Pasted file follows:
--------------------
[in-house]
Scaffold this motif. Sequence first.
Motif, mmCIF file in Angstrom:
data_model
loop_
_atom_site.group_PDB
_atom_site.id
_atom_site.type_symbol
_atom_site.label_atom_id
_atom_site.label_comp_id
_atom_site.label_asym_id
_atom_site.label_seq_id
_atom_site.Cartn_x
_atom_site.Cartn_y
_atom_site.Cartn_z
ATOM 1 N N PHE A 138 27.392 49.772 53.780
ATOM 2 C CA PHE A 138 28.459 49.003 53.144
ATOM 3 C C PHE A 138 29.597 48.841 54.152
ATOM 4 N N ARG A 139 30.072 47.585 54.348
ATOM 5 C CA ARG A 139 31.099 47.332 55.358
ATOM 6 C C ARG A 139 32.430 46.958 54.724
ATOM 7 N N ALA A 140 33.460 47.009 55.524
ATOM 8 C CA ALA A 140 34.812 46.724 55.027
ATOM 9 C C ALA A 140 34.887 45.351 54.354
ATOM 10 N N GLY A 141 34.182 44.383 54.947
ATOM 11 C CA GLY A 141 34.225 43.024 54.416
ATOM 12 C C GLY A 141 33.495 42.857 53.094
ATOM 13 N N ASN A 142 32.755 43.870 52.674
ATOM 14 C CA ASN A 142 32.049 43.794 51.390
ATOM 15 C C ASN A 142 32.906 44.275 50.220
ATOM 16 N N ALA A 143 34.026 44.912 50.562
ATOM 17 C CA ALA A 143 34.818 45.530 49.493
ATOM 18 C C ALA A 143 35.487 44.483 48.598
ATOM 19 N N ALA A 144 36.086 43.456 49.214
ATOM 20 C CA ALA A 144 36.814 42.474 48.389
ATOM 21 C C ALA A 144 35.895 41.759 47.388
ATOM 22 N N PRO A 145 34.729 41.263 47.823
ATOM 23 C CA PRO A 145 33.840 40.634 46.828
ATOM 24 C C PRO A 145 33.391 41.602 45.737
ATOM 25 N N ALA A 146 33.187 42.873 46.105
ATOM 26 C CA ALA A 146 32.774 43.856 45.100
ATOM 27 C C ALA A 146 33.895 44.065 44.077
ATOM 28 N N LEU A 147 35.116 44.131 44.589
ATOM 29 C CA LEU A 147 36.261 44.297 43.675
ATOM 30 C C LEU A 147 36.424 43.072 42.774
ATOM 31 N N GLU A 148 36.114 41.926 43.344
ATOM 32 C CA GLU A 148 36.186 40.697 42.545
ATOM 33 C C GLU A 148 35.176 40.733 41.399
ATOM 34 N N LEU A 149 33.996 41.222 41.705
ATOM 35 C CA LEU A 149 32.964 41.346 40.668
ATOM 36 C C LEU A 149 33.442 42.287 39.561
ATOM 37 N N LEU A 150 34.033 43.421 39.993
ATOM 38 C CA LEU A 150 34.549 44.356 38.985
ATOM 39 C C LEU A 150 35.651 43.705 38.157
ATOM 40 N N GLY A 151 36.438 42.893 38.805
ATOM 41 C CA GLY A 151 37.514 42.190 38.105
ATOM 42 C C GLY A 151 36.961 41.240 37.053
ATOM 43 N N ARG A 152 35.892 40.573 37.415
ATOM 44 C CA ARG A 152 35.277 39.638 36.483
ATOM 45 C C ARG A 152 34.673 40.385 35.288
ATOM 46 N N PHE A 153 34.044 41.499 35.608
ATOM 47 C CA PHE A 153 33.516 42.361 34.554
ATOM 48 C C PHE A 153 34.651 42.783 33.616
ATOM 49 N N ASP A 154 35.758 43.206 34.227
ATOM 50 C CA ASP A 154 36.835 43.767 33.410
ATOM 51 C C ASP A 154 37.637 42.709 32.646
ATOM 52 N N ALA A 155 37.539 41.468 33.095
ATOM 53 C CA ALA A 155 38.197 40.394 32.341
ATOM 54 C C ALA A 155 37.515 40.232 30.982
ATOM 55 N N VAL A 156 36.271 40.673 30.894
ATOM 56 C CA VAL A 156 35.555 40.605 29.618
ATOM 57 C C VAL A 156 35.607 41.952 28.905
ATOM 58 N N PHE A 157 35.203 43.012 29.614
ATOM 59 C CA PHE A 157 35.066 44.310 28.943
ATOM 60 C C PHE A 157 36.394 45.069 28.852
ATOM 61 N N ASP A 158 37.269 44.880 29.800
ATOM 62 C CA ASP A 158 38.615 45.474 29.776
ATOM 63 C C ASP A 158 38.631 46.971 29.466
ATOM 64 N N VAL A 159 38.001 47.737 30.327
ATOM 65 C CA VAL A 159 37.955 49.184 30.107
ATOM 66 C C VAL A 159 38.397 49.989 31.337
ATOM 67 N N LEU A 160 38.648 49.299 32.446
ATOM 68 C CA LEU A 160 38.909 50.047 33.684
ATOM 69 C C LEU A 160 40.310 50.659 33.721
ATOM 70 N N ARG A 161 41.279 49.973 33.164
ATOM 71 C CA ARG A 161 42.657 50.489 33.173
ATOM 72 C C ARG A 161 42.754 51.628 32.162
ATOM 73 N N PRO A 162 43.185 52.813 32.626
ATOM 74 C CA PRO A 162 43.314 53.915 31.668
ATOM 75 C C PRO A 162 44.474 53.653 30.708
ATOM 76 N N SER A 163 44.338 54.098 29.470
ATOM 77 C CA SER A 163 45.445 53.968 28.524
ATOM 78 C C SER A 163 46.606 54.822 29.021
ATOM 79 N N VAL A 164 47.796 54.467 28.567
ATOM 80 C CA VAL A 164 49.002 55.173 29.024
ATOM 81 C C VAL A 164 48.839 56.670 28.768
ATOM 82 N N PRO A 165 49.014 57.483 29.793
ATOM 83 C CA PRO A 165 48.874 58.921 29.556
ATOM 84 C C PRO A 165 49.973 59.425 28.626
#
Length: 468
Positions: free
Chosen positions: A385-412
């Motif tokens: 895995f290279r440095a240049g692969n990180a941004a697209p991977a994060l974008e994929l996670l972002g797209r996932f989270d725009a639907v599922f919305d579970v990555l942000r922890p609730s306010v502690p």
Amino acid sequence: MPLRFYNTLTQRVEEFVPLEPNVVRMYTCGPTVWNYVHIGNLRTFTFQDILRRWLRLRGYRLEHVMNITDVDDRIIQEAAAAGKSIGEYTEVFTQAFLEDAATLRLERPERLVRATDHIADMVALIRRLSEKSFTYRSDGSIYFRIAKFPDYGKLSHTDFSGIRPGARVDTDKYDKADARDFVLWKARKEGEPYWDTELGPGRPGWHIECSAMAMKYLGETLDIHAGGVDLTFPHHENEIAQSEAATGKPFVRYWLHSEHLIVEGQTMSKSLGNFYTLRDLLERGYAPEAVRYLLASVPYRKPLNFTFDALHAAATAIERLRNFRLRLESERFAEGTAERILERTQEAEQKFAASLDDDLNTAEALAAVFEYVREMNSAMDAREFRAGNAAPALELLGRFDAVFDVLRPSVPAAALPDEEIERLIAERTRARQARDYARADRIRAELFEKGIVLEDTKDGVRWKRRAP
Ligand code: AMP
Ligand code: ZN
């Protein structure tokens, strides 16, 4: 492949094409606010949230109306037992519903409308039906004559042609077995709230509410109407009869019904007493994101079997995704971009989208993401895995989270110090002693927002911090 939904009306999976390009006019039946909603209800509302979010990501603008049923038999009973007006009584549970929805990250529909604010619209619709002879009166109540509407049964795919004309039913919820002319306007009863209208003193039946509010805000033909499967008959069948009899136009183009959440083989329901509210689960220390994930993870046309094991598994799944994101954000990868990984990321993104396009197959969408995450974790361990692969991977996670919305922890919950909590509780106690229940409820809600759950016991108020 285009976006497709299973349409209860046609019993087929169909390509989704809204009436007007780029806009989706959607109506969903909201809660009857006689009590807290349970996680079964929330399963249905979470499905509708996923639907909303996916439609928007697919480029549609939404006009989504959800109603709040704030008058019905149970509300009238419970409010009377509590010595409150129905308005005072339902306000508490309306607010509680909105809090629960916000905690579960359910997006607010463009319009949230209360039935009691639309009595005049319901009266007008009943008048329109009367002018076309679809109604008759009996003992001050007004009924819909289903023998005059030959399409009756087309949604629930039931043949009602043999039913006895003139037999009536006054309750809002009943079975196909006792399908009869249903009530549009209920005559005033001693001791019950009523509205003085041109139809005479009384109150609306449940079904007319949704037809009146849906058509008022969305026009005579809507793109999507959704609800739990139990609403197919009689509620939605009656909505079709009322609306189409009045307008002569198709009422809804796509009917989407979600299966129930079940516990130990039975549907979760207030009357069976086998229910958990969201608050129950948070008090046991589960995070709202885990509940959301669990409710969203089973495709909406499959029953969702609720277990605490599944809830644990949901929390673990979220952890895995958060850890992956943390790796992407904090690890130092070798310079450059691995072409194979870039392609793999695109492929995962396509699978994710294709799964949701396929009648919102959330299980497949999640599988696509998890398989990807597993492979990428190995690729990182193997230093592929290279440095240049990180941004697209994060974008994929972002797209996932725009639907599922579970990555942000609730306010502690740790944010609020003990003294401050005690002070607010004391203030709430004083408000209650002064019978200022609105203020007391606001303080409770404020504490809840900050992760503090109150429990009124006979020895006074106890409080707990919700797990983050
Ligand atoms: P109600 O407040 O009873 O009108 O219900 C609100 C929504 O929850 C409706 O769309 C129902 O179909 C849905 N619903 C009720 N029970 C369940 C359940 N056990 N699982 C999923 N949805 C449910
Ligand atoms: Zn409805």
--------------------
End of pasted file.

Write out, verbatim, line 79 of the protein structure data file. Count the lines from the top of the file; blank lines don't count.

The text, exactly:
ATOM 64 N N VAL A 159 38.001 47.737 30.327